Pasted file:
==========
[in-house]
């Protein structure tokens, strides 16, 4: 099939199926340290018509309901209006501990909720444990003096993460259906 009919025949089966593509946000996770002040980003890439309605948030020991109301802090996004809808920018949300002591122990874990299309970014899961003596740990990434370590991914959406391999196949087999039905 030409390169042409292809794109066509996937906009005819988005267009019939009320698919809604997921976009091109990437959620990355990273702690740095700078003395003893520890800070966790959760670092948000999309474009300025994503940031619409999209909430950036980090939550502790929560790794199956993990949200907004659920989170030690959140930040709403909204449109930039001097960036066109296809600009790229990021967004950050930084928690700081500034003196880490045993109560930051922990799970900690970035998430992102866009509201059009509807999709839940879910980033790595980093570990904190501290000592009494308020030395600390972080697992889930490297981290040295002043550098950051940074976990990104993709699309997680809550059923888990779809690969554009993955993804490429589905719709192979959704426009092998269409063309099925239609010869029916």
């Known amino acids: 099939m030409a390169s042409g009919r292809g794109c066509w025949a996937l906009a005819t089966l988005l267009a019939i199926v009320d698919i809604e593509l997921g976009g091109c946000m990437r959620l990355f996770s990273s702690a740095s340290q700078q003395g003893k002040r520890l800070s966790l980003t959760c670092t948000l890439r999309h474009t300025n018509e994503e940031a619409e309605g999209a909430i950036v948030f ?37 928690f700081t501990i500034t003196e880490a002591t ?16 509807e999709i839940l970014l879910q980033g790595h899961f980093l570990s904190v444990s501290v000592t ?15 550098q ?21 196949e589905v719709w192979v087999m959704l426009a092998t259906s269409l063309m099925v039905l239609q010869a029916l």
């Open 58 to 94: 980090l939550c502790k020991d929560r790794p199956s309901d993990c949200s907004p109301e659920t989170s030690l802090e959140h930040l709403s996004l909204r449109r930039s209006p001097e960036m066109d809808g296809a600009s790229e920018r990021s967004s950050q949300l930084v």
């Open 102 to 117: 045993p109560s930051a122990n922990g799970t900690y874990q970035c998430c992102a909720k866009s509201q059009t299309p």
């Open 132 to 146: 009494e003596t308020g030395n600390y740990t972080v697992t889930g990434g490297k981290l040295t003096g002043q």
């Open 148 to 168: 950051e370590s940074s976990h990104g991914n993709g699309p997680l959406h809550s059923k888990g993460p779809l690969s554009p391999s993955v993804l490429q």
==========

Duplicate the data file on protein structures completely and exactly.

[in-house]
């Protein structure tokens, strides 16, 4: 099939199926340290018509309901209006501990909720444990003096993460259906 009919025949089966593509946000996770002040980003890439309605948030020991109301802090996004809808920018949300002591122990874990299309970014899961003596740990990434370590991914959406391999196949087999039905 030409390169042409292809794109066509996937906009005819988005267009019939009320698919809604997921976009091109990437959620990355990273702690740095700078003395003893520890800070966790959760670092948000999309474009300025994503940031619409999209909430950036980090939550502790929560790794199956993990949200907004659920989170030690959140930040709403909204449109930039001097960036066109296809600009790229990021967004950050930084928690700081500034003196880490045993109560930051922990799970900690970035998430992102866009509201059009509807999709839940879910980033790595980093570990904190501290000592009494308020030395600390972080697992889930490297981290040295002043550098950051940074976990990104993709699309997680809550059923888990779809690969554009993955993804490429589905719709192979959704426009092998269409063309099925239609010869029916």
């Known amino acids: 099939m030409a390169s042409g009919r292809g794109c066509w025949a996937l906009a005819t089966l988005l267009a019939i199926v009320d698919i809604e593509l997921g976009g091109c946000m990437r959620l990355f996770s990273s702690a740095s340290q700078q003395g003893k002040r520890l800070s966790l980003t959760c670092t948000l890439r999309h474009t300025n018509e994503e940031a619409e309605g999209a909430i950036v948030f ?37 928690f700081t501990i500034t003196e880490a002591t ?16 509807e999709i839940l970014l879910q980033g790595h899961f980093l570990s904190v444990s501290v000592t ?15 550098q ?21 196949e589905v719709w192979v087999m959704l426009a092998t259906s269409l063309m099925v039905l239609q010869a029916l």
């Open 58 to 94: 980090l939550c502790k020991d929560r790794p199956s309901d993990c949200s907004p109301e659920t989170s030690l802090e959140h930040l709403s996004l909204r449109r930039s209006p001097e960036m066109d809808g296809a600009s790229e920018r990021s967004s950050q949300l930084v």
């Open 102 to 117: 045993p109560s930051a122990n922990g799970t900690y874990q970035c998430c992102a909720k866009s509201q059009t299309p």
């Open 132 to 146: 009494e003596t308020g030395n600390y740990t972080v697992t889930g990434g490297k981290l040295t003096g002043q």
């Open 148 to 168: 950051e370590s940074s976990h990104g991914n993709g699309p997680l959406h809550s059923k888990g993460p779809l690969s554009p391999s993955v993804l490429q």